When things get too bad, too busy, I try to remember a quote referenced in Celebration of Discipline:  “I find He never guides us into an intolerable scramble of panting feverishness.”  (pg. 128; from Thomas Kelly.)  I need to remember:

“He makes me lie down in green pastures, he leads me beside quiet waters, he refreshes my soul.”  (Psalm 23:2-3)

“Peace I leave with you; my peace I give you.”  (John 14:27)

“You will keep in perfect peace those whose minds are steadfast, because they trust in you.”  (Isaiah 26:3)

“Turn from evil and do good; seek peace and pursue it.”  (Psalm 34:14)

I challenge you to evaluate your calendars.  Do you see “peace” or an “intolerable scramble?”  I pray “Grace and peace to you from God our Father and the Lord Jesus Christ.”  (Philemon 1:3)

From Yahoo: “Banker’s $350K Pay Not Enough”

Sometimes blog topics just fall in your lap.

This headline made me roll my eyes–but isn’t that what it was supposed to do?  The article ( was an interesting read.  Some quotes:

“[Andrew] Schiff, 46, is facing another kind of jam this year: Paid a lower bonus, he said the $350,000 he earns, enough to put him in the country’s top 1 percent by income, doesn’t cover his family’s private-school tuition, a Kent, Connecticut, summer rental and the upgrade they would like from their 1,200-square- foot Brooklyn duplex.”


“Facing a slump in revenue from investment banking and trading, Wall Street firms have trimmed 2011 discretionary pay. At Goldman Sachs Group Inc. (GS) and Barclays Capital, the cuts were at least 25 percent. Morgan Stanley (MS) capped cash bonuses at $125,000, and Deutsche Bank AG (DBK) increased the percentage of deferred pay.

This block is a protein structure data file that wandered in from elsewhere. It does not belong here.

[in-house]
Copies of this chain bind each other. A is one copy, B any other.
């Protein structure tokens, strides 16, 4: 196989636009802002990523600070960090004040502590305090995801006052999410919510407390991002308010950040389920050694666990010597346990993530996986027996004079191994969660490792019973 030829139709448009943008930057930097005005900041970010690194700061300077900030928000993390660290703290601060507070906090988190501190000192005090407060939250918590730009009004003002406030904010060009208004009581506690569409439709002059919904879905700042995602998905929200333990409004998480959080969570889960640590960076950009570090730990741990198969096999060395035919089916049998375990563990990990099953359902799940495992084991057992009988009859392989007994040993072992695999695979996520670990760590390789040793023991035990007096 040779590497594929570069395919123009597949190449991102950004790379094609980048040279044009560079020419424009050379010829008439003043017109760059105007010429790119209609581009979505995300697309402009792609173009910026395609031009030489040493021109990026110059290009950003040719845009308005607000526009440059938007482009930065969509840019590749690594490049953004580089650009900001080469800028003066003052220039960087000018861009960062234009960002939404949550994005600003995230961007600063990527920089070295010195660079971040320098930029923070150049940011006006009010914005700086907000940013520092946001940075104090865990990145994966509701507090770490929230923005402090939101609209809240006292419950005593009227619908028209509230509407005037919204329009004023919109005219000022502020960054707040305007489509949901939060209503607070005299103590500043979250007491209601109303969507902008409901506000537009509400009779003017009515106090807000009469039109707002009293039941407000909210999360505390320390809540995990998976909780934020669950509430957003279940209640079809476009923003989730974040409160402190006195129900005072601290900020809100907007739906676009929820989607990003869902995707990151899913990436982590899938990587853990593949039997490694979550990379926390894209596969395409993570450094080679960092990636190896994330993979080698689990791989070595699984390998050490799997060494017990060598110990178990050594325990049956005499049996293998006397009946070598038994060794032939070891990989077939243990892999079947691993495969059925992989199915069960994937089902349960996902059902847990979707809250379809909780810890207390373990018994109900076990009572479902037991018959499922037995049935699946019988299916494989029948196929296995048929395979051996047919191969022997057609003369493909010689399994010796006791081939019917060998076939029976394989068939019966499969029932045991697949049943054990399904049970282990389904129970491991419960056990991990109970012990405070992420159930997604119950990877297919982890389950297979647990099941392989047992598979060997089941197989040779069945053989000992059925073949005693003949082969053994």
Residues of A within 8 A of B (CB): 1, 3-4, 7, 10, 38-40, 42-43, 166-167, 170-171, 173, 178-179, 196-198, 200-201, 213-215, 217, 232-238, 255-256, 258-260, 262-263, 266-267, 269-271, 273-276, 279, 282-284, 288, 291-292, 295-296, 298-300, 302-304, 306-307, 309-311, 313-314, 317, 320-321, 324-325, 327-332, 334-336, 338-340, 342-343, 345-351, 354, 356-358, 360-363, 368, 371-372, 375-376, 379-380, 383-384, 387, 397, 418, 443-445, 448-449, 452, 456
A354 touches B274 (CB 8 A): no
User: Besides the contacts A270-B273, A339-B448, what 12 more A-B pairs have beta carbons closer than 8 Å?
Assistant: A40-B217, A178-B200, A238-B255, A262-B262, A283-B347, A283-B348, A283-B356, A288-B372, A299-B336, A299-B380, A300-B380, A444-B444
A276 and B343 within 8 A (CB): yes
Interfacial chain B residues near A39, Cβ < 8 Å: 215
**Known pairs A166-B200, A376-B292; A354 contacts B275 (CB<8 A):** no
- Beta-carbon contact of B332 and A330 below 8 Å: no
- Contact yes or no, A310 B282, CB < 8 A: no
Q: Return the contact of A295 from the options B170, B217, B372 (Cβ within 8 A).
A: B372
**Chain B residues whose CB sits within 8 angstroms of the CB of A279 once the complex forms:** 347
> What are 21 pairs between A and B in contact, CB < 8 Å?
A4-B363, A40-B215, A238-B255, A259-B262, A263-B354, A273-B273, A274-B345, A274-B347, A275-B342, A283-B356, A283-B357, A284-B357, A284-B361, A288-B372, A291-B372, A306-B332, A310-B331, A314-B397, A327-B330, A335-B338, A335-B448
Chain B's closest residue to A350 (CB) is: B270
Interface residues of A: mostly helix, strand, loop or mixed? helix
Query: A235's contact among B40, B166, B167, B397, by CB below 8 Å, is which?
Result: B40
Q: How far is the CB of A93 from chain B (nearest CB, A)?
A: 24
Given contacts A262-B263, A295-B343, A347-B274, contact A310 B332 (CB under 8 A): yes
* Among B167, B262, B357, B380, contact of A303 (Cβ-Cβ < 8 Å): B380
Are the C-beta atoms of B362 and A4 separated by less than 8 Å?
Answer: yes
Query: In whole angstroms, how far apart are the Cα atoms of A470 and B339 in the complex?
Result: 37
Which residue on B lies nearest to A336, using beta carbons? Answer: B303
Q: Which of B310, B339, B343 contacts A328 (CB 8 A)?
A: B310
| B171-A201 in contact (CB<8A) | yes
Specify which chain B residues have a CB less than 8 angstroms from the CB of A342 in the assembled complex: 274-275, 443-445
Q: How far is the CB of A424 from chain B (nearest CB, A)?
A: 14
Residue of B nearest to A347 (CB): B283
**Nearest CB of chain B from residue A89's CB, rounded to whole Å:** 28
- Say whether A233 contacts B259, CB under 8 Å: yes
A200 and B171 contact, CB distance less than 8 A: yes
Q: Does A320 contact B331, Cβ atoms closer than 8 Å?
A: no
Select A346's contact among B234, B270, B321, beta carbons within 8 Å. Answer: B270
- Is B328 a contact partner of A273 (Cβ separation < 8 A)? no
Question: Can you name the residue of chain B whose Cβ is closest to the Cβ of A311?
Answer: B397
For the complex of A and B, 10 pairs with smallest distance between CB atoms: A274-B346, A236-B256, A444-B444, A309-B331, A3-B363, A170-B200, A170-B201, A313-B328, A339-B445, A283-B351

‘It’s a disaster,’ said Ilana Weinstein, chief executive officer of New York-based search firm IDW Group LLC. ‘The entire construct of compensation has changed.’ ”


“M. Todd Henderson, a University of Chicago law professor who’s teaching a seminar on executive compensation, said the suffering is relative and real. He wrote two years ago that his family was ‘just getting by’ on more than $250,000 a year, setting off what he called a firestorm of criticism.

‘Yes, terminal diseases are worse than getting the flu,’ he said. ‘But you suffer when you get the flu.’ ”


” ‘I wouldn’t want to whine,’ Schiff said. ‘All I want is the stuff that I always thought, growing up, that successful parents had.’ ”


(My personal favorite is the “it’s a disaster” quote.  But that’s beside the point.)

What I want to think about for a moment is how each one of us, from billionaires to people making nearly nothing, are faced with choices every day.  (Alan Dlugash, an accountant quoted in the article, states, “If you’re making $50,000 and your salary gets down to $40,000 and you have to cut, it’s very severe to you… But it’s no less severe to these other people with these big numbers.”)  We each have to decide how we’re spending our money and our time, and all of us can sometimes be forced to make decisions and slash certain items, regardless of our total income.  Where do we choose to live?  Do we choose private school or public?  Do we choose cable TV or no?  Do we choose a restaurant meal or eating in?

This is our biggest and most important choice, though:  Are we recognizing our income and our ability to earn it as a gift from God, or are we looking at it as something that we worked hard for and earned on our own?  (America loves the idea of the “self-made man.”)  How we view the source of our finances should make a big difference in what we do with them.

Richard Foster defines “Inner Simplicity” in Celebration of Discipline:

First: receive what we have as a gift from God.

Second:  know that it is God’s business (not ours) to care for what we have.  We can trust Him.

Third:  have our goods available to others—“if our goods are not available to the community when it is clearly right and good, then they are stolen goods.”

“If we truly believe that God is who Jesus says he is, then we do not need to be afraid…the almighty Creator and our loving Father…we can share because we know that he will care for us.”

Are the financial choices I make as a believer reflective of God’s work in my life?  Am I allowing him to lead my use of our resources, putting Him first, and trusting him to faithfully provide?  Hopefully I will let God guide my choices, as I start with the choice to be thankful to Him for the gifts He has given my family.

One parting thought:  “There are two ways to get enough:  one is to continue to accumulate more and more.  The other is to desire less.” (–G.K. Chesterton)